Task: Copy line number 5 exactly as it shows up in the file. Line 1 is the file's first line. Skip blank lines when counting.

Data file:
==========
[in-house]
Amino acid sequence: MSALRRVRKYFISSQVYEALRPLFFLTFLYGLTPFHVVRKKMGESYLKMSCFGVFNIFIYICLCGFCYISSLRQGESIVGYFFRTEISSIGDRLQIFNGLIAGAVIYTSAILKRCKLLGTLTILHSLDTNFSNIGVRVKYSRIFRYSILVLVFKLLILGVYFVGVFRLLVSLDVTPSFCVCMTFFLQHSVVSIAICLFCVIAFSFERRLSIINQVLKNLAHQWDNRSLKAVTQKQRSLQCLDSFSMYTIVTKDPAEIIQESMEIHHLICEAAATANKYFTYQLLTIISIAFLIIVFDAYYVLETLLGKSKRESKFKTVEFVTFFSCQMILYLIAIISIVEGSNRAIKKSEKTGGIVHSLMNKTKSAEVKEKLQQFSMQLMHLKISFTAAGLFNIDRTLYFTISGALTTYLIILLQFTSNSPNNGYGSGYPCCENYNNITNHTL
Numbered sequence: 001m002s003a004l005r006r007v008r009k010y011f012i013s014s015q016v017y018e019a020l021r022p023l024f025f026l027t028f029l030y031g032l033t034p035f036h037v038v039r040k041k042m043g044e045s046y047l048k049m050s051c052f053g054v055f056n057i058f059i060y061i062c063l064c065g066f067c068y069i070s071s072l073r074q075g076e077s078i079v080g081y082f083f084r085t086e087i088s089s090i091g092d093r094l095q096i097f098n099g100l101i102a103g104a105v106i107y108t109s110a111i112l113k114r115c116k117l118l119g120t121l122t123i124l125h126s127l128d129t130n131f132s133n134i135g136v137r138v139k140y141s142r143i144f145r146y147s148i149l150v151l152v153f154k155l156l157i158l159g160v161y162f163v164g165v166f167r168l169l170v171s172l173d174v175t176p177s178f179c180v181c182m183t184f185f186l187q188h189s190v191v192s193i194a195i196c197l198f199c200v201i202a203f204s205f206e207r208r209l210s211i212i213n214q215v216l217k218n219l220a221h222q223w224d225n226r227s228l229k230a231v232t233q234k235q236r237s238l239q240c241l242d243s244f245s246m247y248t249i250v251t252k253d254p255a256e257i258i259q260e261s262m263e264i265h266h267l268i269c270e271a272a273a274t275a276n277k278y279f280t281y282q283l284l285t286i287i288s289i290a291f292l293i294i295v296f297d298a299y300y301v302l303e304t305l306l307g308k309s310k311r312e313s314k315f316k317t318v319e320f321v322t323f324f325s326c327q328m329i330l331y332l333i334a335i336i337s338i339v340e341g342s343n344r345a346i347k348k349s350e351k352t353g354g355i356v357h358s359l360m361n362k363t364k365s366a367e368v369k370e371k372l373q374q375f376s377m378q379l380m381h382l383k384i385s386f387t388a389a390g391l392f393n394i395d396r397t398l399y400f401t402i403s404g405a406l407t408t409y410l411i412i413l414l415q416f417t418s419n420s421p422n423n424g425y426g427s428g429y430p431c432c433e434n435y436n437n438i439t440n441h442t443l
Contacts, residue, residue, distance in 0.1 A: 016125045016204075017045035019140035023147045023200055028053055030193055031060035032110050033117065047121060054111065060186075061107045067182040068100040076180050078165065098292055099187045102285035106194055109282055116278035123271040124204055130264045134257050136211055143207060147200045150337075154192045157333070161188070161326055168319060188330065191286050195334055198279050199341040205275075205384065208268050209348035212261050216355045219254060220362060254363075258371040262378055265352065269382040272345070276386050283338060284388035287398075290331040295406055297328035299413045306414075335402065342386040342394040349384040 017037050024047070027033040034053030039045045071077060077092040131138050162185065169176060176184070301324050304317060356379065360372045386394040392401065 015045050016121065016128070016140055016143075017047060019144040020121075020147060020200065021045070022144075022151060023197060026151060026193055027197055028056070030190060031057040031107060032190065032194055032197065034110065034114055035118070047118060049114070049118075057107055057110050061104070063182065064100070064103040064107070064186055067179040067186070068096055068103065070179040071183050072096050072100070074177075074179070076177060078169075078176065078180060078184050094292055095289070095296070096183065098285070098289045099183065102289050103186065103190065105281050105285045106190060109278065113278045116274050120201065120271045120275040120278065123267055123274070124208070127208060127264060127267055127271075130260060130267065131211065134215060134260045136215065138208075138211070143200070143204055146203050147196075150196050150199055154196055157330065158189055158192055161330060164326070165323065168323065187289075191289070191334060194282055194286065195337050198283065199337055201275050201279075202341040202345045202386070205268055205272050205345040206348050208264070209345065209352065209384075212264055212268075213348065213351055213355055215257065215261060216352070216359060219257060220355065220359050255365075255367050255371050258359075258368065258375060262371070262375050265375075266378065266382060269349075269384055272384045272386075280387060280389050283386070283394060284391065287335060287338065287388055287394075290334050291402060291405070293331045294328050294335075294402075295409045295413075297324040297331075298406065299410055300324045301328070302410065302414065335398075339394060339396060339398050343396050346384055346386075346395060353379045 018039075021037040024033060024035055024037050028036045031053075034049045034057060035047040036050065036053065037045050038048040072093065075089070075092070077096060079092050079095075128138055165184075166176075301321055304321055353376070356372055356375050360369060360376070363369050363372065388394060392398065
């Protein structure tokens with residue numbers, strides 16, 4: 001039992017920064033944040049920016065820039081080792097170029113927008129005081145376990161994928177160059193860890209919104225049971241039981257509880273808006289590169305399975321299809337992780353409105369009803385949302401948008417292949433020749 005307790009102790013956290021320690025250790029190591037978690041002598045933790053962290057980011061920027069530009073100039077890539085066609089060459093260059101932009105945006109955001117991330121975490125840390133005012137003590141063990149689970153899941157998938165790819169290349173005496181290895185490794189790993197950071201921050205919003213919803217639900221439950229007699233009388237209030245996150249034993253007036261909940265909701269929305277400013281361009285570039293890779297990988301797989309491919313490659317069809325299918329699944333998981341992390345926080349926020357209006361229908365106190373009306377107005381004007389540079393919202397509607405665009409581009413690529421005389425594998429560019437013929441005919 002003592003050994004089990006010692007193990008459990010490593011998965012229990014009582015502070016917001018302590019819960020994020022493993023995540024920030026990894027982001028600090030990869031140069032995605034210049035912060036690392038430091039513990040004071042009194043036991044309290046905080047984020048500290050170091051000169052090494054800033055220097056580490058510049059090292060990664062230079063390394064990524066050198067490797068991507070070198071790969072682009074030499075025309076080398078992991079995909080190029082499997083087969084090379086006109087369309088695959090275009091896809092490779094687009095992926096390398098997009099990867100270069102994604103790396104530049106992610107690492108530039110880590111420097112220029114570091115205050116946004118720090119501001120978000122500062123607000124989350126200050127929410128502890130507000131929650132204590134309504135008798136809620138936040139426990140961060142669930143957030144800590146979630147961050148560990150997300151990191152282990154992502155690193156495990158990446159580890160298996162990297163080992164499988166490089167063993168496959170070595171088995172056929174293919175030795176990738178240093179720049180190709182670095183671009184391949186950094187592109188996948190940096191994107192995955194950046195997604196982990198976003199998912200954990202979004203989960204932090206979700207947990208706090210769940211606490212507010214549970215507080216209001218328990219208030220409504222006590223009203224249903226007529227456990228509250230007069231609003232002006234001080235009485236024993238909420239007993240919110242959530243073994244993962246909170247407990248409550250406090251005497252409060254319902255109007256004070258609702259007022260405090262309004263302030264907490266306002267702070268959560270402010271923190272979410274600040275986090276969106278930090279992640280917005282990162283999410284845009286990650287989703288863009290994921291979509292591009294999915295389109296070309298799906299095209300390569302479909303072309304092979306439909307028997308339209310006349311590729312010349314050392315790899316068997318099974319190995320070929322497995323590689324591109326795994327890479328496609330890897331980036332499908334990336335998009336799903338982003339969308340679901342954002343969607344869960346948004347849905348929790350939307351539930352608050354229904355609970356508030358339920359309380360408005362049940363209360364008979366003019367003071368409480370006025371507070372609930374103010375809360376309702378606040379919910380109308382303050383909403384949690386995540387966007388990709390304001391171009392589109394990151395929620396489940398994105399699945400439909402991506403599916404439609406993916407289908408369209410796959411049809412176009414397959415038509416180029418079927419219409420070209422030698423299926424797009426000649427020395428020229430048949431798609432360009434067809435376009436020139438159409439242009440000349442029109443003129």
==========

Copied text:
């Protein structure tokens with residue numbers, strides 16, 4: 001039992017920064033944040049920016065820039081080792097170029113927008129005081145376990161994928177160059193860890209919104225049971241039981257509880273808006289590169305399975321299809337992780353409105369009803385949302401948008417292949433020749 005307790009102790013956290021320690025250790029190591037978690041002598045933790053962290057980011061920027069530009073100039077890539085066609089060459093260059101932009105945006109955001117991330121975490125840390133005012137003590141063990149689970153899941157998938165790819169290349173005496181290895185490794189790993197950071201921050205919003213919803217639900221439950229007699233009388237209030245996150249034993253007036261909940265909701269929305277400013281361009285570039293890779297990988301797989309491919313490659317069809325299918329699944333998981341992390345926080349926020357209006361229908365106190373009306377107005381004007389540079393919202397509607405665009409581009413690529421005389425594998429560019437013929441005919 002003592003050994004089990006010692007193990008459990010490593011998965012229990014009582015502070016917001018302590019819960020994020022493993023995540024920030026990894027982001028600090030990869031140069032995605034210049035912060036690392038430091039513990040004071042009194043036991044309290046905080047984020048500290050170091051000169052090494054800033055220097056580490058510049059090292060990664062230079063390394064990524066050198067490797068991507070070198071790969072682009074030499075025309076080398078992991079995909080190029082499997083087969084090379086006109087369309088695959090275009091896809092490779094687009095992926096390398098997009099990867100270069102994604103790396104530049106992610107690492108530039110880590111420097112220029114570091115205050116946004118720090119501001120978000122500062123607000124989350126200050127929410128502890130507000131929650132204590134309504135008798136809620138936040139426990140961060142669930143957030144800590146979630147961050148560990150997300151990191152282990154992502155690193156495990158990446159580890160298996162990297163080992164499988166490089167063993168496959170070595171088995172056929174293919175030795176990738178240093179720049180190709182670095183671009184391949186950094187592109188996948190940096191994107192995955194950046195997604196982990198976003199998912200954990202979004203989960204932090206979700207947990208706090210769940211606490212507010214549970215507080216209001218328990219208030220409504222006590223009203224249903226007529227456990228509250230007069231609003232002006234001080235009485236024993238909420239007993240919110242959530243073994244993962246909170247407990248409550250406090251005497252409060254319902255109007256004070258609702259007022260405090262309004263302030264907490266306002267702070268959560270402010271923190272979410274600040275986090276969106278930090279992640280917005282990162283999410284845009286990650287989703288863009290994921291979509292591009294999915295389109296070309298799906299095209300390569302479909303072309304092979306439909307028997308339209310006349311590729312010349314050392315790899316068997318099974319190995320070929322497995323590689324591109326795994327890479328496609330890897331980036332499908334990336335998009336799903338982003339969308340679901342954002343969607344869960346948004347849905348929790350939307351539930352608050354229904355609970356508030358339920359309380360408005362049940363209360364008979366003019367003071368409480370006025371507070372609930374103010375809360376309702378606040379919910380109308382303050383909403384949690386995540387966007388990709390304001391171009392589109394990151395929620396489940398994105399699945400439909402991506403599916404439609406993916407289908408369209410796959411049809412176009414397959415038509416180029418079927419219409420070209422030698423299926424797009426000649427020395428020229430048949431798609432360009434067809435376009436020139438159409439242009440000349442029109443003129």